signal decreases with each iteration process. Thus,
the neural network model approaches closer and
closer to producing the desired output. The
corrections necessary in the synaptic weights are
carried out by a delta rule, which is expressed by the
following equation.
]/)([
)()( njinji
WMSEW
(2)
Where
jin
W
is the weight connecting the
neurons
j
and
i
at the
n
th iteration;
)(nji
W
, the
correction applied to
)(nji
W
at the
n
th iteration; and
Ⱐ愠,onsta湴歮潷渠慳敡e湩ng牡re⁛16,ㄷ1.
䅎丠桡猠扥敮e灬潹敤硴e湳nv敬yn⁶ 物ou猠
瑥t瑩汥i獣楰汩l敳e牡湧in朠晲gm⁹慲anu晡捴frin本g
晡frico牭慴i潮nd扲bc灲潰o牴ie猠s1㘭25].⁔h敲e
慲攠aa湹敳n慲捨敳a畳楮朠瑨楳汧潲楴桭u捨猠瑨c
牥獥慲rh映䉥汴牡渠 et.al (2005) on the pilling
tendency of wool knits [18]. The performance of
ANN model was compared with statistical regression
and fuzzy regression to develop the predictive models
for polyester dyeing [19]. The ANN model has also
been used to predict cotton yarn hairiness [20].
Bursting strength of cotton plain knitted fabrics was
predicted using ANN and neurofuzzy approaches by
Ertugrul and Ucar [21]. They used a total of 62 data
pairs. Three pairs were reserved for testing and 59
pairs for training.
Journal of Engineered Fibers and Fabrics 3 http://www.jeffjournal.org
Volume 7, Issue 2 – 2012
A BRIEF OVERVIEW OF GENE EXPRSSION
PROGRAMMMING (GEP)
Genetic algorithm (GA) (Goldberg, 1989) is another
component of soft computing methods. This method
has different domains of applications in various
engineering fields [26]. Nonetheless, offshoots of
GA, namely, gene expression programming (Ferreira,
2001), a natural development of Genetic algorithm
(GA), and Genetic programming (GP) have not
received attention by the researchers.
Similarly to GA, GP needs only the problem to be
defined. Then the program searches for a solution in
a problemindependent manner. The process begins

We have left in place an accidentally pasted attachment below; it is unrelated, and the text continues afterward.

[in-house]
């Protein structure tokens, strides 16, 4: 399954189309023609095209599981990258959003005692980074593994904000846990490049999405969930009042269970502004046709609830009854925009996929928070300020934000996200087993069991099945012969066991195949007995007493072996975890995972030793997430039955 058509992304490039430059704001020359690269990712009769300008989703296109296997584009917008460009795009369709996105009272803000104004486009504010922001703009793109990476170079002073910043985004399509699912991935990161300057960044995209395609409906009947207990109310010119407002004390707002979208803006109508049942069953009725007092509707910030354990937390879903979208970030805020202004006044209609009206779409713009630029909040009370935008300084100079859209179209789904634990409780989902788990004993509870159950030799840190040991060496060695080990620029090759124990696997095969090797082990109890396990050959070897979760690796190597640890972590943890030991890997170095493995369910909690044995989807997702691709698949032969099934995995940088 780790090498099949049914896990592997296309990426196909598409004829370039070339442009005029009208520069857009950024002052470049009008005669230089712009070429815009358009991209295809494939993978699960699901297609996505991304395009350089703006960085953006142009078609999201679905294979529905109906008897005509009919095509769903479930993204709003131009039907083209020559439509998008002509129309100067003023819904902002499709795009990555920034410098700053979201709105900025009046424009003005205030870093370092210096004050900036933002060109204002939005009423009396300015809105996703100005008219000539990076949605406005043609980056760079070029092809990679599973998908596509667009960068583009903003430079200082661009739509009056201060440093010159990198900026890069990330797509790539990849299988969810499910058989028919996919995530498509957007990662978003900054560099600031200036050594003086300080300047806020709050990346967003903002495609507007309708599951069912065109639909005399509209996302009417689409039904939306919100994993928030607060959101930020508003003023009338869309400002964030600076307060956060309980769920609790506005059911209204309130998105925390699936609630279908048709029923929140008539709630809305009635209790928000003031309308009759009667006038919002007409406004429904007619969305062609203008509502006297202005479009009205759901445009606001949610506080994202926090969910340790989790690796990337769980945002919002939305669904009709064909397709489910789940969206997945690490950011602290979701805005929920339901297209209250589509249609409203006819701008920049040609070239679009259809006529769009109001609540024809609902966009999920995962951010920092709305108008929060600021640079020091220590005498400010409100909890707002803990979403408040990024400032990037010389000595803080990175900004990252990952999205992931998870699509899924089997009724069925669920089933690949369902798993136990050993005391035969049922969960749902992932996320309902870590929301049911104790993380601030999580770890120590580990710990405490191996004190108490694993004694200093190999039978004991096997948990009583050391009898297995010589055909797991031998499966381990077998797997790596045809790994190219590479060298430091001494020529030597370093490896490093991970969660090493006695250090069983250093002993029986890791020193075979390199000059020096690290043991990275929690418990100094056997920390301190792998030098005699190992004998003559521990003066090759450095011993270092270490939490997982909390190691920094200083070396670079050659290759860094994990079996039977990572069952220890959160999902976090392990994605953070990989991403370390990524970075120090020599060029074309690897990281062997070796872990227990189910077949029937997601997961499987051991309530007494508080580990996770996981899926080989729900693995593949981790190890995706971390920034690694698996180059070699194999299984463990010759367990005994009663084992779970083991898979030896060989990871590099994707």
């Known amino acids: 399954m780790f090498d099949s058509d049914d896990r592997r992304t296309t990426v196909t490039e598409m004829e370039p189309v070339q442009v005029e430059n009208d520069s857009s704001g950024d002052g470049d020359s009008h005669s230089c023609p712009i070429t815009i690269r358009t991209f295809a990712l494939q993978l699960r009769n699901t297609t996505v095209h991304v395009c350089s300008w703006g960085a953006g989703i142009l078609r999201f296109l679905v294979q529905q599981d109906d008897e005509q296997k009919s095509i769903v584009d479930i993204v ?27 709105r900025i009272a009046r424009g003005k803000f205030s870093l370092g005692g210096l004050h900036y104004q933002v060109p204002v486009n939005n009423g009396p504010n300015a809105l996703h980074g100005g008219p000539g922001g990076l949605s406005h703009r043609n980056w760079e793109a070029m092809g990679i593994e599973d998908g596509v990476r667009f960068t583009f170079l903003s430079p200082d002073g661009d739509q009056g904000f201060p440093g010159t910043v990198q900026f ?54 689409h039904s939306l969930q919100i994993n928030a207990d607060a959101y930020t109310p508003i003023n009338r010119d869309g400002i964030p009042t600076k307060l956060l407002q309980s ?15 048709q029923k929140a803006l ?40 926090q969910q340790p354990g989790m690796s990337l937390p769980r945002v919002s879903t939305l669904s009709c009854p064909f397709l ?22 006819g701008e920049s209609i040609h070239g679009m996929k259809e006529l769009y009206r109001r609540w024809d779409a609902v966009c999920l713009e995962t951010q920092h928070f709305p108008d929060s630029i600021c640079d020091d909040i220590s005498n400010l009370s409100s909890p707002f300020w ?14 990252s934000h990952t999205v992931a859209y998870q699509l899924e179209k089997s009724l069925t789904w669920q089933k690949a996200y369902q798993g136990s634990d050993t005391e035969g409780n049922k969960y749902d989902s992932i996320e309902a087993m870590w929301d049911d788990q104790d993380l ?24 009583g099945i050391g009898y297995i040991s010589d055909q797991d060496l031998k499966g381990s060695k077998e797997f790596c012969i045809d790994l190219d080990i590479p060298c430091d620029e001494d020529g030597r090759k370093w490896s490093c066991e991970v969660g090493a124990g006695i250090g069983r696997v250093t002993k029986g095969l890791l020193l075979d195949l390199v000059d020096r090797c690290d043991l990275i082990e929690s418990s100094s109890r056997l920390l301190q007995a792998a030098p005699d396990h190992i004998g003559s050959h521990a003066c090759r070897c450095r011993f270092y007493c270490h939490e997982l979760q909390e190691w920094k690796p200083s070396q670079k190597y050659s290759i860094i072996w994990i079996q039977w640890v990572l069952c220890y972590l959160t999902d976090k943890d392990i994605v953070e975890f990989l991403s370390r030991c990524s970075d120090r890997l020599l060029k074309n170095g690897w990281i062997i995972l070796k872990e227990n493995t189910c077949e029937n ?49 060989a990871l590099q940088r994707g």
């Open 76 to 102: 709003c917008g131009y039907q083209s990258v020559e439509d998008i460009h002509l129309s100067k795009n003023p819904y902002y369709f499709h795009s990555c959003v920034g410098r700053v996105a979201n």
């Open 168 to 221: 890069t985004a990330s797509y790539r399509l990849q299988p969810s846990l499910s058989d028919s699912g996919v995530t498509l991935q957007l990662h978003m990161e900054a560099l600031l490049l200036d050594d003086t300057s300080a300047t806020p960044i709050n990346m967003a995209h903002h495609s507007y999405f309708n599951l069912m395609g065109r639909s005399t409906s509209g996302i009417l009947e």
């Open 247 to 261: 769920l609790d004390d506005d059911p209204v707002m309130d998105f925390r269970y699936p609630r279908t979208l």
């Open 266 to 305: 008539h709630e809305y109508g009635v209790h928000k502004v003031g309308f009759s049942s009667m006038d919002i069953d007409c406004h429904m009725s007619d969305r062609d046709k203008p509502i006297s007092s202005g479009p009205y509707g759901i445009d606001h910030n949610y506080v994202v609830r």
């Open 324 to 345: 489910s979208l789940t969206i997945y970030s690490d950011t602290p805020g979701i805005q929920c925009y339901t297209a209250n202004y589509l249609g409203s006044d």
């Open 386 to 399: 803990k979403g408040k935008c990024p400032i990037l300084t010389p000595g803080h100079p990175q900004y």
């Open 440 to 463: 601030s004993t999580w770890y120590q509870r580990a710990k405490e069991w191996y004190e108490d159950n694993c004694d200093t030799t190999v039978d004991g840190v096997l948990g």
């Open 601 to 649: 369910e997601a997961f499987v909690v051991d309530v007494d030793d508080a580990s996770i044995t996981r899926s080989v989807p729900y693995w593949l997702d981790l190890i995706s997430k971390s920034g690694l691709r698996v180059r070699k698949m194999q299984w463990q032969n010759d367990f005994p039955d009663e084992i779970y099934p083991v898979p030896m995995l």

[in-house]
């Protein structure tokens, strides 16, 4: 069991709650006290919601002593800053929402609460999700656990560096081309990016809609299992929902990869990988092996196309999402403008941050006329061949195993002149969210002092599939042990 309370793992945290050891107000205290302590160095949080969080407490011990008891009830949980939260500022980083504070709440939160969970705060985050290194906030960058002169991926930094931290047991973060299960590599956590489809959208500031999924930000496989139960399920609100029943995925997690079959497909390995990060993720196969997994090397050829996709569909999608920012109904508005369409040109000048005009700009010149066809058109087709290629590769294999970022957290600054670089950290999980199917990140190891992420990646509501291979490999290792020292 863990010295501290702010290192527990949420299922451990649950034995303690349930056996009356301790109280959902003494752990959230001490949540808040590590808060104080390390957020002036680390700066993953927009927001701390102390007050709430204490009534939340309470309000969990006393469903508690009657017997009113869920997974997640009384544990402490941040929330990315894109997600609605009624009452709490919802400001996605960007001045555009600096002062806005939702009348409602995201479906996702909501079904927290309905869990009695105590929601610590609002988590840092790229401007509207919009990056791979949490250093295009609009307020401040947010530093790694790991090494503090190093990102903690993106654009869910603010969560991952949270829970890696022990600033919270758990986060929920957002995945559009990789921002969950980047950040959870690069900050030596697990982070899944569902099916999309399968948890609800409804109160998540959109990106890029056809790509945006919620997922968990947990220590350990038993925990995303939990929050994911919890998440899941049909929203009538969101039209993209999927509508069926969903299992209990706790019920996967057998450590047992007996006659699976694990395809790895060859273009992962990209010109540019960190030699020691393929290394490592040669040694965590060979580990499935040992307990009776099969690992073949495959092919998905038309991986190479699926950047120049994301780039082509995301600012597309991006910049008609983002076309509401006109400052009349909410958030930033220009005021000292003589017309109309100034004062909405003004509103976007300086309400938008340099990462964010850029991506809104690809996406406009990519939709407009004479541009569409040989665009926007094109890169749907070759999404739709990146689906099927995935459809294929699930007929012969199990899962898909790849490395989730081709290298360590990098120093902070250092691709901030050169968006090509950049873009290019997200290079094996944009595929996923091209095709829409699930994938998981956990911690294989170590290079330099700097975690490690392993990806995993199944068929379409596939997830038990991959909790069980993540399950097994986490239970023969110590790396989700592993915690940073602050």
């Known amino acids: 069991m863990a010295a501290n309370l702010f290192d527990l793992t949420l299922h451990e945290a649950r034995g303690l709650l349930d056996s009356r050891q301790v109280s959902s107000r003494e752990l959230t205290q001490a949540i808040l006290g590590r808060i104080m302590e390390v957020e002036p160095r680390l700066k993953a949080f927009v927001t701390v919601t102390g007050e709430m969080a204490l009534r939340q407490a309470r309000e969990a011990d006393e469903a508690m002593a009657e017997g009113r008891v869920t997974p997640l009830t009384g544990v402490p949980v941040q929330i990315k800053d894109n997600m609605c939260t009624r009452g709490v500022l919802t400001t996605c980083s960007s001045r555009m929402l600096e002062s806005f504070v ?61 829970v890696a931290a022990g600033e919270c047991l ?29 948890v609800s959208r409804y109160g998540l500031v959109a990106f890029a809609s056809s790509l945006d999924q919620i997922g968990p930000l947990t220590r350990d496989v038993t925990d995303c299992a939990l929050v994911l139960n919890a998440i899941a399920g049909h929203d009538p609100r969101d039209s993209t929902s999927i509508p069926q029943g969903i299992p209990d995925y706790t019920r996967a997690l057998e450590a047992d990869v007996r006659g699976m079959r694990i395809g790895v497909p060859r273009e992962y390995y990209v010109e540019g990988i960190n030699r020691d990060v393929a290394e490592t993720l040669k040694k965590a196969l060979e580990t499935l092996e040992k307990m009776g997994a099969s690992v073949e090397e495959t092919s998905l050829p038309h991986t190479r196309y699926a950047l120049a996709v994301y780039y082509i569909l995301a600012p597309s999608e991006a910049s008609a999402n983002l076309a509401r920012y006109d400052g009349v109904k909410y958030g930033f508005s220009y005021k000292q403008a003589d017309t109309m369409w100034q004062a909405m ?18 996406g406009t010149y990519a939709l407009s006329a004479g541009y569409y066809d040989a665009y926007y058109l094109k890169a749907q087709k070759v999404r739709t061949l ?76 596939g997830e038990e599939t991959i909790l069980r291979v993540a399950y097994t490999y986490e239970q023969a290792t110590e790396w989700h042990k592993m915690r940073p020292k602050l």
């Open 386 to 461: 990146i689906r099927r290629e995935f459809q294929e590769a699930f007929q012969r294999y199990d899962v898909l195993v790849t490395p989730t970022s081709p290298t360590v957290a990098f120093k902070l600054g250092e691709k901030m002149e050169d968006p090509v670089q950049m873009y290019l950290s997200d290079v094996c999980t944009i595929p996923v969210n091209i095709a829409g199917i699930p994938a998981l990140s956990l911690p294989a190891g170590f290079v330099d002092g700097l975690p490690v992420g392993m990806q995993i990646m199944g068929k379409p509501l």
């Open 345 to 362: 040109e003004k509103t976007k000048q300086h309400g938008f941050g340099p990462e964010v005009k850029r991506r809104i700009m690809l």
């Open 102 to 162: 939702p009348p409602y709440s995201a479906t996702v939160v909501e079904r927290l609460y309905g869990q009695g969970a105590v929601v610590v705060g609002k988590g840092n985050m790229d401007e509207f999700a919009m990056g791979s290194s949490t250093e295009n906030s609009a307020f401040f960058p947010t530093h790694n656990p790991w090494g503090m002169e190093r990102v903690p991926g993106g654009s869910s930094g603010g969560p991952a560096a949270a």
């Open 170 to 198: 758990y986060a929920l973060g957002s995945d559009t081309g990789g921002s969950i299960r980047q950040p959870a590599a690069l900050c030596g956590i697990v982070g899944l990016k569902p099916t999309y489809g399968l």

with the random generation of the chromosomes of
each of the initial population. Then the chromosomes
are expressed and the fitness of each individual is
assessed. The individuals are then selected on the
basis of fitness to reproduce with modification,
leaving progeny with new train. The individuals of
the new generation are subjected to the same
developmental process until a solution has been
found.
GEP is a genetic algorithm that consists of mainly
five components; the function set, terminal set,
fitness function, control parameters and stop
condition. In GEP, the individuals are encoded as
linear strings of fixed length (the genome or
chromosomes) which are afterwards expressed as
nonlinear entities of different sizes and shapes
(simple diagram representations or expression trees
(ET)). A chromosome might be modified by one or
several operators at a time or not be modified at all.
The advantages of GEP are: first, the chromosomes
are simple entities: linear, compact, relatively small,
easy to genetically manipulate (replicate, mutate,
recombine, transpose) and second, the expression
trees are exclusively the expression of the respective
chromosomes.
GEP genes are composed of a head and a tail. The
head contains symbols that represent both functions
and terminals, whereas the tail contains only
terminals. For each problem, the length of the head is
chosen, whereas the length of the tail is a function of
the length of the head and the number of arguments
of the function with more arguments.
A typical GEP gene with the given function and
terminal sets can be Eq. (3).
2..........*...*.edSqrtcdacSqrt
(3)
Where ‘.’ is used to separate elements for easy
reading, Sqrt is the squareroot function; 2 is a
constant and a, b, c, d are variable names. The above
mentioned equation is known as Karva or K
expression. For a detailed explanation of GEP, refer